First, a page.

sed

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See also: seď, šed, šeď, șed, and SED

English[edit]

English Wikipedia has an article on:

Wikipedia en

Etymology[edit]

From stream editor.

Pronunciation[edit]

Proper noun[edit]

sed

  1. (computing) A noninteractive text editor (originally developed in Unix), intended for making systematic edits in an automatic or batch-oriented way.

Verb[edit]

sed ‎(third-person singular simple present seds, present participle sedding, simple past and past participle sedded)

  1. (neologism, slang) To edit a file or stream of text using sed.
    Can you sed out those trailing spaces, please?

Anagrams[edit]


Esperanto[edit]

Etymology[edit]

From Latin sed

Conjunction[edit]

sed

  1. but

Kurdish[edit]

Etymology[edit]

From Proto-Iranian, from Proto-Indo-Iranian *ćata, from Proto-Indo-European *ḱm̥tóm. Compare Persian صد ‎(sad), Pashto سل ‎(səl), Avestan 𐬯𐬀𐬙𐬀 ‎(sata), Sanskrit शत ‎(śatá), Hindi सौ ‎(sau).

Numeral[edit]

sed

  1. (cardinal) hundred, 100, C

Derived terms[edit]


Latin[edit]

Alternative forms[edit]

Etymology[edit]

Perhaps from the old, original form sedum, but more probably an ablative form from the root (so- for suo-) of the reflexive pronoun suus, and originally the same as the inseparable preposition sēd; properly, “by itself”, “apart”, hence, “but”, “only”, etc.

Pronunciation[edit]

Conjunction[edit]

sed

  1. but

Synonyms[edit]

References[edit]

  • sed” in Charlton T. Lewis & Charles Short, A Latin Dictionary, Oxford: Clarendon Press, 1879.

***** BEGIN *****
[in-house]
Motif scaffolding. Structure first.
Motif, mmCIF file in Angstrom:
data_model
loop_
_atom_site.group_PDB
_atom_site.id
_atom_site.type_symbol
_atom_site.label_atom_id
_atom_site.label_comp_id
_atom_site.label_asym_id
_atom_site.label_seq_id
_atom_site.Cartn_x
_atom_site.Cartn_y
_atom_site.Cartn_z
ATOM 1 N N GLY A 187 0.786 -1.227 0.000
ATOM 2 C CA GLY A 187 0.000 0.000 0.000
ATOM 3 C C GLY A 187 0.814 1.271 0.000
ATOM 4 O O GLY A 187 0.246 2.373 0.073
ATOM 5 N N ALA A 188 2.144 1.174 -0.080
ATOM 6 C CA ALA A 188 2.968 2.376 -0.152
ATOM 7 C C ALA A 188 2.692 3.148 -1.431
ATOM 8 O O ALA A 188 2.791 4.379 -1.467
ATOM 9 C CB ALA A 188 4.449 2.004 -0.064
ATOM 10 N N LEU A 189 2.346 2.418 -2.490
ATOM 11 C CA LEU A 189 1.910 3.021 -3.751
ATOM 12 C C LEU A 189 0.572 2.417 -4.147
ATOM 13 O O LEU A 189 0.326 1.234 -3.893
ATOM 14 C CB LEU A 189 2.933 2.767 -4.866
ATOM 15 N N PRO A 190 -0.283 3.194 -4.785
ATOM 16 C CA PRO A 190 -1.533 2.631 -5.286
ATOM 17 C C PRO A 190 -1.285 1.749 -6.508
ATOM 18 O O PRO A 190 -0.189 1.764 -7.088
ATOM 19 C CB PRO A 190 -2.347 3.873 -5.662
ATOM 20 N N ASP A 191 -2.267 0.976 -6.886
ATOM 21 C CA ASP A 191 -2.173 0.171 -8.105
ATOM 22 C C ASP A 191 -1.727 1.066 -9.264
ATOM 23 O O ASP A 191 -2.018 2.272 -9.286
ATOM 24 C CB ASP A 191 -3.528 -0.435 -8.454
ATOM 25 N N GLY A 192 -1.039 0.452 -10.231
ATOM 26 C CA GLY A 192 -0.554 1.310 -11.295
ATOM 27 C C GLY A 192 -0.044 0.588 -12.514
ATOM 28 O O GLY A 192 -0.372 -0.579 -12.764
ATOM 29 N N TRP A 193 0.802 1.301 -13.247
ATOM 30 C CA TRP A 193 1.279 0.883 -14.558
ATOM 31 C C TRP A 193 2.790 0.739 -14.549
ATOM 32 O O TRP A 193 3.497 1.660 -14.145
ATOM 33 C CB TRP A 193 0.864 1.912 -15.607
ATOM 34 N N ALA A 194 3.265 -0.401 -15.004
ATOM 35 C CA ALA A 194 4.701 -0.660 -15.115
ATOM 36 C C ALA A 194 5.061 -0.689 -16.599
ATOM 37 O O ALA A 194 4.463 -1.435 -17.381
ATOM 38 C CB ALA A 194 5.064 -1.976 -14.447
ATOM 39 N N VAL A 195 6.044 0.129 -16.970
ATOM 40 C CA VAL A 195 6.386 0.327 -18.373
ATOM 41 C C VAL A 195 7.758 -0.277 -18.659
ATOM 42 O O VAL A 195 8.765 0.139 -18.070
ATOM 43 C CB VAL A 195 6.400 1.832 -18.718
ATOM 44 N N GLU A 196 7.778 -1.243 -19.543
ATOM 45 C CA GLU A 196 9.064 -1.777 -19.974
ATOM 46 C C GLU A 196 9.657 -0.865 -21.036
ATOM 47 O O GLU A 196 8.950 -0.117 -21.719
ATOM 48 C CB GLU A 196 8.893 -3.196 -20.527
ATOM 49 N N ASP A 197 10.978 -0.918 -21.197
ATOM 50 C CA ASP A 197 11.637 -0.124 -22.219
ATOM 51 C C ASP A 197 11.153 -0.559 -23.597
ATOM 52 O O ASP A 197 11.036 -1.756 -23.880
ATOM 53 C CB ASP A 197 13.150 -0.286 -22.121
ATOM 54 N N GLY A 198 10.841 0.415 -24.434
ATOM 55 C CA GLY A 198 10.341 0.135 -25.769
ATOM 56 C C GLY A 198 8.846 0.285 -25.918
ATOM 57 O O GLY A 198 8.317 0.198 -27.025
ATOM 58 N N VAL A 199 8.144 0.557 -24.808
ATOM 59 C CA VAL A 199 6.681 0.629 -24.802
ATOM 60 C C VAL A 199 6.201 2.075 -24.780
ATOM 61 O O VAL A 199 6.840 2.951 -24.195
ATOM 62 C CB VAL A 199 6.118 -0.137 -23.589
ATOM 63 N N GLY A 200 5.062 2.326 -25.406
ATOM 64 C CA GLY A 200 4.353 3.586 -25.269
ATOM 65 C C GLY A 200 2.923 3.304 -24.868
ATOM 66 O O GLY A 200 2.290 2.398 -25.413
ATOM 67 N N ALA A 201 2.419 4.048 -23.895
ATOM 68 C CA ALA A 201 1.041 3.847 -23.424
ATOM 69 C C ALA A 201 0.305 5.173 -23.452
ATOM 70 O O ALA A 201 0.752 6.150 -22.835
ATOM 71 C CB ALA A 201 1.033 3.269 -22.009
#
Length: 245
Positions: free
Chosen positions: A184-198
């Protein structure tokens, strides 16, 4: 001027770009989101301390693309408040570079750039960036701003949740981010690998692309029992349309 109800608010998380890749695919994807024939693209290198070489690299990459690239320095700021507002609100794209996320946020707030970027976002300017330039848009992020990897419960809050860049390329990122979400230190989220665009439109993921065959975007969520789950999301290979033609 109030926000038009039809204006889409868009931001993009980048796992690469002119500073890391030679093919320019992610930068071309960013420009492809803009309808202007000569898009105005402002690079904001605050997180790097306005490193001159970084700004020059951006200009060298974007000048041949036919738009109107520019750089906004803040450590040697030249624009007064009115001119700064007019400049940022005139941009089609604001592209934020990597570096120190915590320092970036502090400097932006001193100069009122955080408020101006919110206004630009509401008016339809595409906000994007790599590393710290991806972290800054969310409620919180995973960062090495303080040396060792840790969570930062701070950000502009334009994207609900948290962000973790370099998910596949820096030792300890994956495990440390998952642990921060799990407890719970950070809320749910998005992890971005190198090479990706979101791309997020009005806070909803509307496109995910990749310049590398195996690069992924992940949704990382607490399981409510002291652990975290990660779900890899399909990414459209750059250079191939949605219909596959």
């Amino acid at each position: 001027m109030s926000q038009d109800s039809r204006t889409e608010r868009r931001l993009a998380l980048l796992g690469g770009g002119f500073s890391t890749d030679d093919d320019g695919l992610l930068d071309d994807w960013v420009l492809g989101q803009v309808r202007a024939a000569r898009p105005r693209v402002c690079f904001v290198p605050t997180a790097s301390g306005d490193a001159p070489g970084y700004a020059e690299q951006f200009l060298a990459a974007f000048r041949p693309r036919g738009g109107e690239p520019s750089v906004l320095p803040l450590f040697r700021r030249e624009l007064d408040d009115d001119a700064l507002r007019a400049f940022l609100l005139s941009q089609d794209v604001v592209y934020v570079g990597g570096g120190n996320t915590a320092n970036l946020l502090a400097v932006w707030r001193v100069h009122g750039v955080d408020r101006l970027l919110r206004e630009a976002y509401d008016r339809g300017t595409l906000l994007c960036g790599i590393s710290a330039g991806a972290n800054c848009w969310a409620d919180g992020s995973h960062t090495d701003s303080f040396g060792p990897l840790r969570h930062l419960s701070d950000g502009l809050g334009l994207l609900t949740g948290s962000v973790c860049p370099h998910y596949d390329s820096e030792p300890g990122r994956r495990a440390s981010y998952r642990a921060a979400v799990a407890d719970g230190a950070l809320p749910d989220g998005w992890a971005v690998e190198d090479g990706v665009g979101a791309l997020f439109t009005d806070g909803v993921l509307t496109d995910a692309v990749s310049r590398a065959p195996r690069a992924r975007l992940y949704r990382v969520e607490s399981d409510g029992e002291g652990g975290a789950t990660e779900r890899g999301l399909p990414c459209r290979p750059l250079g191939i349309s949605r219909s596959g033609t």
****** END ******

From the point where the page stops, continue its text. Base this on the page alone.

• sed” in Félix Gaffiot (1934), Dictionnaire Illustré Latin-Français, Paris: Hachette.
  • Meissner, Carl; Auden, Henry William (1894) Latin Phrase-Book[1], London: Macmillan and Co.
    • but to return from the digression we have been making: sed redeat, unde aberravit oratio
    • but to return from the digression we have been making: sed ad id, unde digressi sumus, revertamur
    • in short; to be brief: ne multa, quid plura? sed quid opus est plura?
    • more of this another time: sed de hoc alias pluribus
    • so much for this subject...; enough has been said on..: atque or sed haec (quidem) hactenus
    • so much for this subject...; enough has been said on..: ac (sed) de ... satis dixi, dictum est
    • but that takes us too far: sed lābor longius
    • but this is not to the point: sed hoc nihil (sane) ad rem
    • but enough: sed manum de tabula!

Lojban[edit]

Rafsi[edit]

sed

  1. rafsi of stedu.

Serbo-Croatian[edit]

Alternative forms[edit]

Etymology[edit]

From Proto-Slavic *sědъ.

Pronunciation[edit]

Adjective[edit]

sȇd ‎(definite sȇdī, comparative sediji, Cyrillic spelling се̑д)

  1. grey (usually of hair)
  2. grey-haired

Declension[edit]


Spanish[edit]

Pronunciation[edit]

Etymology 1[edit]

From Latin sitis ‎(thirst), from Proto-Indo-European *dʰgʷʰítis ‎(perishing, decrease). Cognate with Portuguese sede.

Noun[edit]

sed f ‎(plural sedes)

  1. thirst
    • Tengo sed.
      I'm thirsty.
Derived terms[edit]
See also[edit]

Etymology 2[edit]

Verb[edit]

sed

  1. Informal second-person plural (vosotros or vosotras) affirmative imperative form of ser.

Anagrams[edit]


Swedish[edit]

Etymology[edit]

From Old Swedish siþer, from Old Norse siðr, from Proto-Germanic *siduz.

Pronunciation[edit]

Noun[edit]

sed c

  1. a (society-wide) custom, a traditional habit

Declension[edit]

Inflection of sed 
Singular Plural
Indefinite Definite Indefinite Definite
Nominative sed seden seder sederna
Genitive seds sedens seders sedernas

Related terms[edit]